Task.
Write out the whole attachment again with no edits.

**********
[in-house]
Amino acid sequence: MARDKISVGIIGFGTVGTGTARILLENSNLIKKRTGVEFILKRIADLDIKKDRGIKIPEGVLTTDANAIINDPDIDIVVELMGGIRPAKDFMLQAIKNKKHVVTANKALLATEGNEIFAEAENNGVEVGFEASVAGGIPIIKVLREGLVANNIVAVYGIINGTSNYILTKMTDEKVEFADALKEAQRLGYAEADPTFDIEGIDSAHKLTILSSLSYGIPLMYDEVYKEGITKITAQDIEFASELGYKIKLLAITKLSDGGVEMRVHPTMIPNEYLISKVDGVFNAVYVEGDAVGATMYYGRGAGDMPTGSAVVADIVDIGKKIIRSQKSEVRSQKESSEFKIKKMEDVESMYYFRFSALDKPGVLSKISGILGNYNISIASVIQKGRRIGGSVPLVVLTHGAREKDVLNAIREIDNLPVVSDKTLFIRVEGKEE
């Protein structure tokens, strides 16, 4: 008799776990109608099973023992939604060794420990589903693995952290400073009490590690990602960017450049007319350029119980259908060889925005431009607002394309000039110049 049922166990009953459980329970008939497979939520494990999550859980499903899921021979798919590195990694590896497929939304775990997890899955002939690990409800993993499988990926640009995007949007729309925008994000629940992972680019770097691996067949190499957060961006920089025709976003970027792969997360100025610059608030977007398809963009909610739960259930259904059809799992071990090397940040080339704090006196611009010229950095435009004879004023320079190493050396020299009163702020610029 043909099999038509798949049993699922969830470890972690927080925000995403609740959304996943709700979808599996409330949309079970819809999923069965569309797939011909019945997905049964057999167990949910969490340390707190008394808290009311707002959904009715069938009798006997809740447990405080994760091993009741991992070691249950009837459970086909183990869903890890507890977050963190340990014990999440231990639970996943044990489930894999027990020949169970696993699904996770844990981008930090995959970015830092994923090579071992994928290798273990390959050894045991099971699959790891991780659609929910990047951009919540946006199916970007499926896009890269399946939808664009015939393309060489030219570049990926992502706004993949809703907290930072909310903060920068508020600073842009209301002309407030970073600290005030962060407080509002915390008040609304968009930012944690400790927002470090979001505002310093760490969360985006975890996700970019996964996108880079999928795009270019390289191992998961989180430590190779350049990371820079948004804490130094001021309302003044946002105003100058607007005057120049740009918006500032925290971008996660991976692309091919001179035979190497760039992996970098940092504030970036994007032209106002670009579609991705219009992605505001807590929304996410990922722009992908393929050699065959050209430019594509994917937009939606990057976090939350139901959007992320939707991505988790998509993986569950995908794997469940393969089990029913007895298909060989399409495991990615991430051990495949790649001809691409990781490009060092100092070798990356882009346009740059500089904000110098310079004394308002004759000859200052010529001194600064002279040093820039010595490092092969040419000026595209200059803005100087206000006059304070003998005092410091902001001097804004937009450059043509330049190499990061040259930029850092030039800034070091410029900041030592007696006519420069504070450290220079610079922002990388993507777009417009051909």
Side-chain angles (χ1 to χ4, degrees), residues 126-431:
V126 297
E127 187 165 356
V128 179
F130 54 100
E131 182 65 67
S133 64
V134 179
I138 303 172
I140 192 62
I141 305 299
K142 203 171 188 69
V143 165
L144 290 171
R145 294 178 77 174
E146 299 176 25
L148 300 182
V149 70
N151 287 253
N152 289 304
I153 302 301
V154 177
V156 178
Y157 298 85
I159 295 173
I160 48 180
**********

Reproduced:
[in-house]
Amino acid sequence: MARDKISVGIIGFGTVGTGTARILLENSNLIKKRTGVEFILKRIADLDIKKDRGIKIPEGVLTTDANAIINDPDIDIVVELMGGIRPAKDFMLQAIKNKKHVVTANKALLATEGNEIFAEAENNGVEVGFEASVAGGIPIIKVLREGLVANNIVAVYGIINGTSNYILTKMTDEKVEFADALKEAQRLGYAEADPTFDIEGIDSAHKLTILSSLSYGIPLMYDEVYKEGITKITAQDIEFASELGYKIKLLAITKLSDGGVEMRVHPTMIPNEYLISKVDGVFNAVYVEGDAVGATMYYGRGAGDMPTGSAVVADIVDIGKKIIRSQKSEVRSQKESSEFKIKKMEDVESMYYFRFSALDKPGVLSKISGILGNYNISIASVIQKGRRIGGSVPLVVLTHGAREKDVLNAIREIDNLPVVSDKTLFIRVEGKEE
């Protein structure tokens, strides 16, 4: 008799776990109608099973023992939604060794420990589903693995952290400073009490590690990602960017450049007319350029119980259908060889925005431009607002394309000039110049 049922166990009953459980329970008939497979939520494990999550859980499903899921021979798919590195990694590896497929939304775990997890899955002939690990409800993993499988990926640009995007949007729309925008994000629940992972680019770097691996067949190499957060961006920089025709976003970027792969997360100025610059608030977007398809963009909610739960259930259904059809799992071990090397940040080339704090006196611009010229950095435009004879004023320079190493050396020299009163702020610029 043909099999038509798949049993699922969830470890972690927080925000995403609740959304996943709700979808599996409330949309079970819809999923069965569309797939011909019945997905049964057999167990949910969490340390707190008394808290009311707002959904009715069938009798006997809740447990405080994760091993009741991992070691249950009837459970086909183990869903890890507890977050963190340990014990999440231990639970996943044990489930894999027990020949169970696993699904996770844990981008930090995959970015830092994923090579071992994928290798273990390959050894045991099971699959790891991780659609929910990047951009919540946006199916970007499926896009890269399946939808664009015939393309060489030219570049990926992502706004993949809703907290930072909310903060920068508020600073842009209301002309407030970073600290005030962060407080509002915390008040609304968009930012944690400790927002470090979001505002310093760490969360985006975890996700970019996964996108880079999928795009270019390289191992998961989180430590190779350049990371820079948004804490130094001021309302003044946002105003100058607007005057120049740009918006500032925290971008996660991976692309091919001179035979190497760039992996970098940092504030970036994007032209106002670009579609991705219009992605505001807590929304996410990922722009992908393929050699065959050209430019594509994917937009939606990057976090939350139901959007992320939707991505988790998509993986569950995908794997469940393969089990029913007895298909060989399409495991990615991430051990495949790649001809691409990781490009060092100092070798990356882009346009740059500089904000110098310079004394308002004759000859200052010529001194600064002279040093820039010595490092092969040419000026595209200059803005100087206000006059304070003998005092410091902001001097804004937009450059043509330049190499990061040259930029850092030039800034070091410029900041030592007696006519420069504070450290220079610079922002990388993507777009417009051909």
Side-chain angles (χ1 to χ4, degrees), residues 126-431:
V126 297
E127 187 165 356
V128 179
F130 54 100
E131 182 65 67
S133 64
V134 179
I138 303 172
I140 192 62
I141 305 299
K142 203 171 188 69
V143 165
L144 290 171
R145 294 178 77 174
E146 299 176 25
L148 300 182
V149 70
N151 287 253
N152 289 304
I153 302 301
V154 177
V156 178
Y157 298 85
I159 295 173
I160 48 180